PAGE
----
7 Tips for Visiting China’s Yellow Mountain - Travel Tamed

7 Tips for Visiting China’s Yellow Mountain

Above the Clouds

Above the Clouds – Photo by Megan Brennan

Situated in Anhui Province Huangshan, or Yellow Mountain, is one of the crown jewels of China. It’s jagged peaks give way to breathtaking views that look like something right out of an old Chinese painting. You’ll find yourself mesmerized by the interesting trees, steep cliffs, and cloud sea. If you find yourself heading towards this beauty, check out these quick tips to make the most out of your trip.

1. Get travel advice from someone who can speak English.

Despite Yellow Mountain being an attraction to people from all across the globe, many of the people living and working in the area don’t speak English. If you aren’t going with a tour, or if you’re staying at a hotel where the staff don’t speak English, there are restaurants in the towns surrounding Yellow Mountain with signs advertising “English Tour Information”. Take it! They will sell you a map and tell you some good routes with the best views.

2.  Plan to stay the night on the mountain.

When I went, we made the mistake of thinking we could make it down in time. However, once the sun set (which was gorgeous, by the way), it became very dark very fast. Since there aren’t any lights on the paths, and there are some dangerous cliffs and steps, it would have been impossible to make it down safely. We came across a hotel that had a vacancy that night, but we were very lucky! Save yourself the worry and just book a room to begin with. It’s worth the money, and you’ll get to see the sunset and sunrise worry free!

3. Wear layers and actual tennis shoes.

I don’t know how many times I changed my combination of layers on the hike. In the early morning it is very cool, but once the sun comes out it can get hot. Then, wandering into the shade makes you a little chilly! Dress in layers to stay comfortable and enjoy the day. Also, due to the altitude, it tends to be foggy and drizzly on the mountains, especially in the early mornings. Although this isn’t so much a hike as it is a massive stair climbing expedition, conditions can be dangerous in some spots. Make sure you pack good shoes so that you don’t slip on the slick rocks and stairs. Plus, your tired feet will thank you for every bit of extra cushion they can get.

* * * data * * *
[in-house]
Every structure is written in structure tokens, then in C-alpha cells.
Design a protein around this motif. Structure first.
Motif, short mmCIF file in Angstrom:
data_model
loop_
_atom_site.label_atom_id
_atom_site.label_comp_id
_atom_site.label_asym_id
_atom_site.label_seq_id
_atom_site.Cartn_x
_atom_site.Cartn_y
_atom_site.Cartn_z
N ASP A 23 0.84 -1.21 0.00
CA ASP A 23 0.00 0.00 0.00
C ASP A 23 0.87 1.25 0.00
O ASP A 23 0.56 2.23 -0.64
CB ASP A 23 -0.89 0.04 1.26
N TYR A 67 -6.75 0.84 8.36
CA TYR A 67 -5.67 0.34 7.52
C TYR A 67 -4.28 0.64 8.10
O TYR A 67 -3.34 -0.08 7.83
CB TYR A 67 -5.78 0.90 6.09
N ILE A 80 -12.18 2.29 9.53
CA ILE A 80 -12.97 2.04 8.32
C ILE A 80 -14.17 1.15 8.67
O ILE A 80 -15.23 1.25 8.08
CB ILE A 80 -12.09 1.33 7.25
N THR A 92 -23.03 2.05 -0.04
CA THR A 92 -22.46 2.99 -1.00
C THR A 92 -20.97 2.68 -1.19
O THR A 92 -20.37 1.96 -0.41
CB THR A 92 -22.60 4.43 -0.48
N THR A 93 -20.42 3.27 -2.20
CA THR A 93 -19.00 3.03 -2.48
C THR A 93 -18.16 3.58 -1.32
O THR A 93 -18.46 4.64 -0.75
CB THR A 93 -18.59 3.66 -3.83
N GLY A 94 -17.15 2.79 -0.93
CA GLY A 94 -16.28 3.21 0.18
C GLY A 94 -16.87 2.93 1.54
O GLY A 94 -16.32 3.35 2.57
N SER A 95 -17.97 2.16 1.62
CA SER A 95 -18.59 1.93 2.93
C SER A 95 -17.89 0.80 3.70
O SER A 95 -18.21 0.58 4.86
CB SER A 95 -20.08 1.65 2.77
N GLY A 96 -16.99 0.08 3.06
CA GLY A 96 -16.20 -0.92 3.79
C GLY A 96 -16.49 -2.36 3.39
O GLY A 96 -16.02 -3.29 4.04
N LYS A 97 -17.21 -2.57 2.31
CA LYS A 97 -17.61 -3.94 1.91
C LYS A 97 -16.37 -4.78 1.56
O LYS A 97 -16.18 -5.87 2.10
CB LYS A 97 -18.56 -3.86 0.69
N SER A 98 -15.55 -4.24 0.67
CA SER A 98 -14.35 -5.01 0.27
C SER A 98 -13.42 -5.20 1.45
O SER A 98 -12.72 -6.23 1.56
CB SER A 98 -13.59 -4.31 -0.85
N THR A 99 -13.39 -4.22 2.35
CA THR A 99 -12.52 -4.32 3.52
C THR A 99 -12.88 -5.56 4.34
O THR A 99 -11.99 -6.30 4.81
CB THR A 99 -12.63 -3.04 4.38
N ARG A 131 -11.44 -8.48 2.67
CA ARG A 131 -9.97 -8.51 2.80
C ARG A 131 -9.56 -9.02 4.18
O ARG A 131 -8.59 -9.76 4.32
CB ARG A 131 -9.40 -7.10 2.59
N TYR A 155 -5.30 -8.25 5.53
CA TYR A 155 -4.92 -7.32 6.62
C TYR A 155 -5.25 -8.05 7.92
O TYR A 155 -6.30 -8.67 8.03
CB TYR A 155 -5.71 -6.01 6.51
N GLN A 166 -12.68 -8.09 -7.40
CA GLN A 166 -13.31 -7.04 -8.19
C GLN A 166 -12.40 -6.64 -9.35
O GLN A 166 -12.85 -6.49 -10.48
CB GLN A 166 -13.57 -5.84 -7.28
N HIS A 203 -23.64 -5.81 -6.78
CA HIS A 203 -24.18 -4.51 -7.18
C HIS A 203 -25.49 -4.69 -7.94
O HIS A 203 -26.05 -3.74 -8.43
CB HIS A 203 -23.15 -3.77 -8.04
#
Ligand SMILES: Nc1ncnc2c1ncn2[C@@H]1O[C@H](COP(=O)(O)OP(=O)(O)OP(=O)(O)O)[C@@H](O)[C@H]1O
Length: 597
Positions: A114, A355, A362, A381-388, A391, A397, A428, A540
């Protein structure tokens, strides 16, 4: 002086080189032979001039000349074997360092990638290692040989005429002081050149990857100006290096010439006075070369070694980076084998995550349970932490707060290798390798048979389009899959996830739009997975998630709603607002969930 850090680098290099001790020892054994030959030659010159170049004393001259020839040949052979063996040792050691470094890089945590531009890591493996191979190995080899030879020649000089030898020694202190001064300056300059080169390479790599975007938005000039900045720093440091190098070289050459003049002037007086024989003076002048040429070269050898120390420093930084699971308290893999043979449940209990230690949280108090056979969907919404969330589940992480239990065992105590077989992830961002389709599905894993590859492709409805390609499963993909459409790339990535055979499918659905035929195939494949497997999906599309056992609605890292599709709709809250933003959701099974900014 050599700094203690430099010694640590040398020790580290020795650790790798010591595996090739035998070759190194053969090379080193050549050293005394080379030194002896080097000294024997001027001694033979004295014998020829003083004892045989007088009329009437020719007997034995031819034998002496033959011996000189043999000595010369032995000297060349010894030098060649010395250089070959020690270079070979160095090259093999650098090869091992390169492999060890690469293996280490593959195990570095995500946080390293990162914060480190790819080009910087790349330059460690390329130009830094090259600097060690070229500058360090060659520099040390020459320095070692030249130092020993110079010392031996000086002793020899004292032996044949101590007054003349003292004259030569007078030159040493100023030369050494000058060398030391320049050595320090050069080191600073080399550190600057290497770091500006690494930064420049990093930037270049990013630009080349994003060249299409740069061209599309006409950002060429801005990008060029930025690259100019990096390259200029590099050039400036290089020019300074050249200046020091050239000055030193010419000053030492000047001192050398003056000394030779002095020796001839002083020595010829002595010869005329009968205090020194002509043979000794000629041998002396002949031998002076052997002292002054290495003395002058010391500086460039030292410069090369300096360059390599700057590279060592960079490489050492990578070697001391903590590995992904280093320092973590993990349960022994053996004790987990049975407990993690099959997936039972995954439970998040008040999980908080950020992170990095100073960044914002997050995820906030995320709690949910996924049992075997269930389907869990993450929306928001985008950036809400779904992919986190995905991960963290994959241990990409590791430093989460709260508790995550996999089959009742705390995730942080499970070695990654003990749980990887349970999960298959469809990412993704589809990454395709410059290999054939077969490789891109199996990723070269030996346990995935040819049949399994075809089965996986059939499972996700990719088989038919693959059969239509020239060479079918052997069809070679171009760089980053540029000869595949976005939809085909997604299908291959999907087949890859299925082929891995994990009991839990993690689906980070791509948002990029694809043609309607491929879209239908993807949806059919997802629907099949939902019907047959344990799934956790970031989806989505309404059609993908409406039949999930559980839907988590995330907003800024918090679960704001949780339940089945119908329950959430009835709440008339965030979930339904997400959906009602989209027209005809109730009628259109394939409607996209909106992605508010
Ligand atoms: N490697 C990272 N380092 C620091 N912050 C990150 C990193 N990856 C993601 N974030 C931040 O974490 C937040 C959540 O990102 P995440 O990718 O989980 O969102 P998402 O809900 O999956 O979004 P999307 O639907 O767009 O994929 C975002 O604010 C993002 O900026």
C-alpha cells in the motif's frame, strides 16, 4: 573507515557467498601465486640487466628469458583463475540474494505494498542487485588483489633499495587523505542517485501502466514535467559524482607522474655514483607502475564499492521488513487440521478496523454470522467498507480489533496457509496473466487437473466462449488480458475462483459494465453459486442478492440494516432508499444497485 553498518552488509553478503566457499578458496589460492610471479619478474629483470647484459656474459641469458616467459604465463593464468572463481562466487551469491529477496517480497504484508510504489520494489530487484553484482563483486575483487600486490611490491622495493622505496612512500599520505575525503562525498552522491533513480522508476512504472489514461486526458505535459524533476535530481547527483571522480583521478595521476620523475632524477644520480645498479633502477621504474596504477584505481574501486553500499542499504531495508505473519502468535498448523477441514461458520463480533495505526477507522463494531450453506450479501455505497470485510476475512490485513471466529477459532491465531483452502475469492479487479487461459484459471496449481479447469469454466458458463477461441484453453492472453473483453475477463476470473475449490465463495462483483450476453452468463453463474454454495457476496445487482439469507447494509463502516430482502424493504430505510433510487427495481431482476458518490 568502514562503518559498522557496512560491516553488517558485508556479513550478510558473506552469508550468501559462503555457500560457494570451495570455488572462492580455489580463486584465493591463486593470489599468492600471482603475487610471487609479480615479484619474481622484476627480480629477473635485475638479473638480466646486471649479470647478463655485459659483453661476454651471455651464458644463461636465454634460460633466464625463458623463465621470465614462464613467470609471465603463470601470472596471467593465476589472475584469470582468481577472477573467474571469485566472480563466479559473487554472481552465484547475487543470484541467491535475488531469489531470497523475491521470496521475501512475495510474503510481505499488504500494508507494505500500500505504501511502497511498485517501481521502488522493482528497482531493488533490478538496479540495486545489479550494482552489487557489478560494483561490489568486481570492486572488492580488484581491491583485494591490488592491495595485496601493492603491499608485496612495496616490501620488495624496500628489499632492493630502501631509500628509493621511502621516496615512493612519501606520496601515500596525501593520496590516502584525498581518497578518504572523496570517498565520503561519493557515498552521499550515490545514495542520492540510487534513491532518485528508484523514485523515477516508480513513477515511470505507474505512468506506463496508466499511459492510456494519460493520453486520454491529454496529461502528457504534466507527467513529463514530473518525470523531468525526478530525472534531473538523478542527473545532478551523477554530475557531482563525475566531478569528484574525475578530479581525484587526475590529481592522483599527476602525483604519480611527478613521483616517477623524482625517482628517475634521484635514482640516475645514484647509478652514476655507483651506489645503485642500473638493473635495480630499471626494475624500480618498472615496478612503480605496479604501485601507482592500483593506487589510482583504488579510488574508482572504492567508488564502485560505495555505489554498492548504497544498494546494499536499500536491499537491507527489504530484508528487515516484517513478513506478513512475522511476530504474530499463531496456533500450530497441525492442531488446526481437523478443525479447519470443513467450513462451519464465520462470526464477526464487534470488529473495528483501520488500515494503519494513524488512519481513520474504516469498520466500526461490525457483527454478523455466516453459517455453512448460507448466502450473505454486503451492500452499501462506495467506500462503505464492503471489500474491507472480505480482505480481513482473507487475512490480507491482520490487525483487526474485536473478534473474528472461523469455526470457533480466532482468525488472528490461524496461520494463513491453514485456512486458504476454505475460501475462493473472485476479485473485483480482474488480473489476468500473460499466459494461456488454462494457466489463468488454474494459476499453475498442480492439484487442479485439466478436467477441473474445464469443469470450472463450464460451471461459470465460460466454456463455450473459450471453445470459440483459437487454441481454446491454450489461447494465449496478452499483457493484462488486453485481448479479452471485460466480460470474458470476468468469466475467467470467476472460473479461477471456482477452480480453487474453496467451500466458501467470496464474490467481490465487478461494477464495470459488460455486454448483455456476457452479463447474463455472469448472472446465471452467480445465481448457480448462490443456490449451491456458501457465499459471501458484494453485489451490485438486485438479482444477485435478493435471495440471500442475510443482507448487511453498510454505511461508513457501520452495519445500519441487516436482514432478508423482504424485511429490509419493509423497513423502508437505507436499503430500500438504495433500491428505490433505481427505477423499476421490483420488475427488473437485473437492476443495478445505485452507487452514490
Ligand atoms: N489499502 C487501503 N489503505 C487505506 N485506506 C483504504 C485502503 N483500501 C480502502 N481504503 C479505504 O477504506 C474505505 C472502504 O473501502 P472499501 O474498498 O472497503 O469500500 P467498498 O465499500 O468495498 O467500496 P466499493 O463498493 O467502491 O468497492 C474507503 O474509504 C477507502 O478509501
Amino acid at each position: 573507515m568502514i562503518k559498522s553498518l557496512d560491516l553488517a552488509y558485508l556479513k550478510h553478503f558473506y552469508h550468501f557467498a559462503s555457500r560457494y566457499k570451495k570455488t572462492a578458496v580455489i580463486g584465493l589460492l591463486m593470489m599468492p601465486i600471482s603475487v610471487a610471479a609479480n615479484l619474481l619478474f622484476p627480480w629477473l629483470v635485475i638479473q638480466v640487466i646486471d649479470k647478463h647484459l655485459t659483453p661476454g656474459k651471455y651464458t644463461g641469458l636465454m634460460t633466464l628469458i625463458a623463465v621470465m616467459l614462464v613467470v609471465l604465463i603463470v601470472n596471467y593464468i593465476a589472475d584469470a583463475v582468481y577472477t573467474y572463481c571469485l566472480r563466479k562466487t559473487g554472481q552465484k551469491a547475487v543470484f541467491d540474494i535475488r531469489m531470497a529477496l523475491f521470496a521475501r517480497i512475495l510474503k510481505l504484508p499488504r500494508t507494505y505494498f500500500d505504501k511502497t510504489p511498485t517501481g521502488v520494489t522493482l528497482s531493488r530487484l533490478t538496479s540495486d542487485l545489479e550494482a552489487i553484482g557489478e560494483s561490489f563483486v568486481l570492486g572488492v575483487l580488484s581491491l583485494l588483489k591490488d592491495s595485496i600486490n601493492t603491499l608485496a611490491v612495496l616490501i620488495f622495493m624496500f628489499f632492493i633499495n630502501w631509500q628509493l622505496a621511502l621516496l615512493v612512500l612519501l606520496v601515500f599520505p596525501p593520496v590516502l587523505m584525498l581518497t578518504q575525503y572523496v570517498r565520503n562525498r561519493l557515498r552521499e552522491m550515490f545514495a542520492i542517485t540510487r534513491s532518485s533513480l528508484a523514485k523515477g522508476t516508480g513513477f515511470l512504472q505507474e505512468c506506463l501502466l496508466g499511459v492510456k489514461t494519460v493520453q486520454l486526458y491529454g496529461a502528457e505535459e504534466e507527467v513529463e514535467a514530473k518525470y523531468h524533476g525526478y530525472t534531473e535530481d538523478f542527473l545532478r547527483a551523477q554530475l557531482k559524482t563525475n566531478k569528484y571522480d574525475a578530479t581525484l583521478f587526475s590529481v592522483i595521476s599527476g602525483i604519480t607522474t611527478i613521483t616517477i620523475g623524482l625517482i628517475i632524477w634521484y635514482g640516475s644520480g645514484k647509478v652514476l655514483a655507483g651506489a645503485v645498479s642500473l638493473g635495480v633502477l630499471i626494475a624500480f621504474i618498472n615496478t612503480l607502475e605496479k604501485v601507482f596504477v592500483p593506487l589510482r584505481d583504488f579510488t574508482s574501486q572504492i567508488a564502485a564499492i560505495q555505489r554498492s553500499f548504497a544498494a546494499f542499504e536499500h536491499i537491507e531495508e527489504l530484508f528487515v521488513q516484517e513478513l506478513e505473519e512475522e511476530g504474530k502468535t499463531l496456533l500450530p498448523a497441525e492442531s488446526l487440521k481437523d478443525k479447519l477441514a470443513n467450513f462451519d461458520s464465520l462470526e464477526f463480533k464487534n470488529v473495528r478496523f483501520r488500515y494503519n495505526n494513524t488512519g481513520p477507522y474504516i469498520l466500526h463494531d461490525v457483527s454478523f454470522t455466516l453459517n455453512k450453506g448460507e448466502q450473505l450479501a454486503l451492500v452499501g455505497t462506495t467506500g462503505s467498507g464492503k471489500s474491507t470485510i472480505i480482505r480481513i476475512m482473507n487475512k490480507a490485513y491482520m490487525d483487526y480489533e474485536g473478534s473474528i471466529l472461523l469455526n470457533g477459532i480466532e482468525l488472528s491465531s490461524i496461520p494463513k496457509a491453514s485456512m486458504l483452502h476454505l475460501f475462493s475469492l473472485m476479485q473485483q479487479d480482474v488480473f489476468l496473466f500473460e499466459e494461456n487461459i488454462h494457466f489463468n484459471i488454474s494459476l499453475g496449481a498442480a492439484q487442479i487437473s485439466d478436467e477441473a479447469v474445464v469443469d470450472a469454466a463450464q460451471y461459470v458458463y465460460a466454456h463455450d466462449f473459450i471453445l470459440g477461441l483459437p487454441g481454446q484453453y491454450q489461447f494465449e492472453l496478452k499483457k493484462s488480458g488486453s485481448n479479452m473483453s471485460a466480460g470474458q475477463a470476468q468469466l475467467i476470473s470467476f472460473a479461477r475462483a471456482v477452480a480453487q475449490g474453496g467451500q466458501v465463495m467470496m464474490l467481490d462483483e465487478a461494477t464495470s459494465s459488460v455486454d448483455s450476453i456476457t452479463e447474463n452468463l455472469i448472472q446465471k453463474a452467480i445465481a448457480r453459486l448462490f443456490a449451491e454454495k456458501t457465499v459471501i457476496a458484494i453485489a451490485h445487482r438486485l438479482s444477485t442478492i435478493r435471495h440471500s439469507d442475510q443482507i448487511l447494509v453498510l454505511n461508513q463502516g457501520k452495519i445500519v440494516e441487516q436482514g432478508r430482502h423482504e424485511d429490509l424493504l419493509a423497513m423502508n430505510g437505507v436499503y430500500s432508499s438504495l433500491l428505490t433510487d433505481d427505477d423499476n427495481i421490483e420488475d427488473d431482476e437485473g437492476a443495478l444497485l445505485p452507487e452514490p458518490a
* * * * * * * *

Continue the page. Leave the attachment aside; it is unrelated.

4. Pack your camera.

Cloud Sea

Cloud Sea – Photo by Megan Brennan

This should go without saying, but I have to make sure it’s covered. The views are absolutely breathtaking. You won’t want to miss out of the hundreds of photo ops!

5. Don’t forget the snacks.

There are some snack stands on the mountain, but the food is very expensive! If you can, pack your own snacks and water for the day. You’ll have to splurge for dinner if you do stay the night.

6. And remember your sense of humor!

Don't feed the monkeys!

Don’t feed the monkeys! – Photo by Megan Brennan

From oddly translated signs to all of the stares and “hello’s” you’ll receive, there’s no forgetting you’re in China. If you pause for too long at a scenic point, and you look foreign by China’s standards, someone will probably ask to take their photo with you. Try your best to be polite. The domestic tourists come from all over the country to see these mountains, and you might be the first foreigner they’ve ever seen! Also keep in mind that this is a major tourist attraction, not a serene nature experience. 

7. If you have time, allow a few extra days to explore the surrounding area.

Hongcun Village

Hongcun Village – Photo by Megan Brennan

Yellow Mountain is surrounded by many small villages and natural attractions. Choose from ancient villages (like Hongcun and Xidi), enchanted waters (like Jiulong Waterfall and Emerald Valley), and don’t forget to sample and buy some tea along the way. This region is one of the largest producers of China’s teas, featuring varieties of green and chrysanthemum teas.

Happiest when traveling and kicking it with a cute animal.

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